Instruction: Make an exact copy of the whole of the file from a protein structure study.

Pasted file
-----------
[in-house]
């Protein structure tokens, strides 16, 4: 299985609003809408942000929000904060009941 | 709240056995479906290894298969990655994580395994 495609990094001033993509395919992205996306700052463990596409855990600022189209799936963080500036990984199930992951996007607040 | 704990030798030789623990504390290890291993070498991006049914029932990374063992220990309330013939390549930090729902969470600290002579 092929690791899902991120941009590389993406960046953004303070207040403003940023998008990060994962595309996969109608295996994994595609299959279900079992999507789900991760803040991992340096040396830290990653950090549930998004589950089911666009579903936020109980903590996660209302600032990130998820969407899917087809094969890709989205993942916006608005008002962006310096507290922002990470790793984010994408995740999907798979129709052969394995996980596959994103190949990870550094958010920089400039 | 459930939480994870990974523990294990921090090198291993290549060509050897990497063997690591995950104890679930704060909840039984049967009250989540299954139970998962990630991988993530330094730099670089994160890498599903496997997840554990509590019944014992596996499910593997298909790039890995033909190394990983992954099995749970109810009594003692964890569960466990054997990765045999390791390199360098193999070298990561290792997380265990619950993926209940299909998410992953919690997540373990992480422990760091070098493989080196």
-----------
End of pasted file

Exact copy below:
[in-house]
């Protein structure tokens, strides 16, 4: 299985609003809408942000929000904060009941 | 709240056995479906290894298969990655994580395994 495609990094001033993509395919992205996306700052463990596409855990600022189209799936963080500036990984199930992951996007607040 | 704990030798030789623990504390290890291993070498991006049914029932990374063992220990309330013939390549930090729902969470600290002579 092929690791899902991120941009590389993406960046953004303070207040403003940023998008990060994962595309996969109608295996994994595609299959279900079992999507789900991760803040991992340096040396830290990653950090549930998004589950089911666009579903936020109980903590996660209302600032990130998820969407899917087809094969890709989205993942916006608005008002962006310096507290922002990470790793984010994408995740999907798979129709052969394995996980596959994103190949990870550094958010920089400039 | 459930939480994870990974523990294990921090090198291993290549060509050897990497063997690591995950104890679930704060909840039984049967009250989540299954139970998962990630991988993530330094730099670089994160890498599903496997997840554990509590019944014992596996499910593997298909790039890995033909190394990983992954099995749970109810009594003692964890569960466990054997990765045999390791390199360098193999070298990561290792997380265990619950993926209940299909998410992953919690997540373990992480422990760091070098493989080196």